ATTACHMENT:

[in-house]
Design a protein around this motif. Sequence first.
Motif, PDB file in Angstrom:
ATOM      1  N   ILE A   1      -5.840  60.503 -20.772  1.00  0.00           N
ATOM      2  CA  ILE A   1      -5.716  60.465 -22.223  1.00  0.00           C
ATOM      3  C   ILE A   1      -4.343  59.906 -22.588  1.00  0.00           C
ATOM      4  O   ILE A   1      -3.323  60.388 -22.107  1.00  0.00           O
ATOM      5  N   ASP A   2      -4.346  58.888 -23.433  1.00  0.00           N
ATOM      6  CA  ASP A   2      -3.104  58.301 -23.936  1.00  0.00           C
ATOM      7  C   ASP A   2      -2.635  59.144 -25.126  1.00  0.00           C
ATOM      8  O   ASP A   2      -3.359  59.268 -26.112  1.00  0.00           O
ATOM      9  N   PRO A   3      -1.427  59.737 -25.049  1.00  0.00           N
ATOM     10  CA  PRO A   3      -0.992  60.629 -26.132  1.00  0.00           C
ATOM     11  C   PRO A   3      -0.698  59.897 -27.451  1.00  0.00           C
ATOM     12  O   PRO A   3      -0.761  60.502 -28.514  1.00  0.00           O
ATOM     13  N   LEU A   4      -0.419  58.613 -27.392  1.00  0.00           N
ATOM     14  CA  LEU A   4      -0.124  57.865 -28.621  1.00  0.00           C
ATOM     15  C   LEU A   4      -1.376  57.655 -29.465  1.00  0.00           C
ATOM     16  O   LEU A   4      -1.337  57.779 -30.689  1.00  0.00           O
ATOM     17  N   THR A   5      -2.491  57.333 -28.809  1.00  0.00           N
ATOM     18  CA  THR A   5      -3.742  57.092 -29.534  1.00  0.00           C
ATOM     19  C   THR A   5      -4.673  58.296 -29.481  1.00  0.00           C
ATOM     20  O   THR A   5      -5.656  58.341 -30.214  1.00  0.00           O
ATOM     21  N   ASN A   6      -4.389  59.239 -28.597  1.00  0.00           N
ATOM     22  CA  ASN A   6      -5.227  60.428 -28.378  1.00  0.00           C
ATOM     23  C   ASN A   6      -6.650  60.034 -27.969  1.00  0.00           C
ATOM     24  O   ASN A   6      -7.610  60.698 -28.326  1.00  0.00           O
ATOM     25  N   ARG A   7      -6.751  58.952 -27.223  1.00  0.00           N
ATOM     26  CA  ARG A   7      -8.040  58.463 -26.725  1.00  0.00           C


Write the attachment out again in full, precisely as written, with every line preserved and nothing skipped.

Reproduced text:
[in-house]
Design a protein around this motif. Sequence first.
Motif, PDB file in Angstrom:
ATOM      1  N   ILE A   1      -5.840  60.503 -20.772  1.00  0.00           N
ATOM      2  CA  ILE A   1      -5.716  60.465 -22.223  1.00  0.00           C
ATOM      3  C   ILE A   1      -4.343  59.906 -22.588  1.00  0.00           C
ATOM      4  O   ILE A   1      -3.323  60.388 -22.107  1.00  0.00           O
ATOM      5  N   ASP A   2      -4.346  58.888 -23.433  1.00  0.00           N
ATOM      6  CA  ASP A   2      -3.104  58.301 -23.936  1.00  0.00           C
ATOM      7  C   ASP A   2      -2.635  59.144 -25.126  1.00  0.00           C
ATOM      8  O   ASP A   2      -3.359  59.268 -26.112  1.00  0.00           O
ATOM      9  N   PRO A   3      -1.427  59.737 -25.049  1.00  0.00           N
ATOM     10  CA  PRO A   3      -0.992  60.629 -26.132  1.00  0.00           C
ATOM     11  C   PRO A   3      -0.698  59.897 -27.451  1.00  0.00           C
ATOM     12  O   PRO A   3      -0.761  60.502 -28.514  1.00  0.00           O
ATOM     13  N   LEU A   4      -0.419  58.613 -27.392  1.00  0.00           N
ATOM     14  CA  LEU A   4      -0.124  57.865 -28.621  1.00  0.00           C
ATOM     15  C   LEU A   4      -1.376  57.655 -29.465  1.00  0.00           C
ATOM     16  O   LEU A   4      -1.337  57.779 -30.689  1.00  0.00           O
ATOM     17  N   THR A   5      -2.491  57.333 -28.809  1.00  0.00           N
ATOM     18  CA  THR A   5      -3.742  57.092 -29.534  1.00  0.00           C
ATOM     19  C   THR A   5      -4.673  58.296 -29.481  1.00  0.00           C
ATOM     20  O   THR A   5      -5.656  58.341 -30.214  1.00  0.00           O
ATOM     21  N   ASN A   6      -4.389  59.239 -28.597  1.00  0.00           N
ATOM     22  CA  ASN A   6      -5.227  60.428 -28.378  1.00  0.00           C
ATOM     23  C   ASN A   6      -6.650  60.034 -27.969  1.00  0.00           C
ATOM     24  O   ASN A   6      -7.610  60.698 -28.326  1.00  0.00           O
ATOM     25  N   ARG A   7      -6.751  58.952 -27.223  1.00  0.00           N
ATOM     26  CA  ARG A   7      -8.040  58.463 -26.725  1.00  0.00           C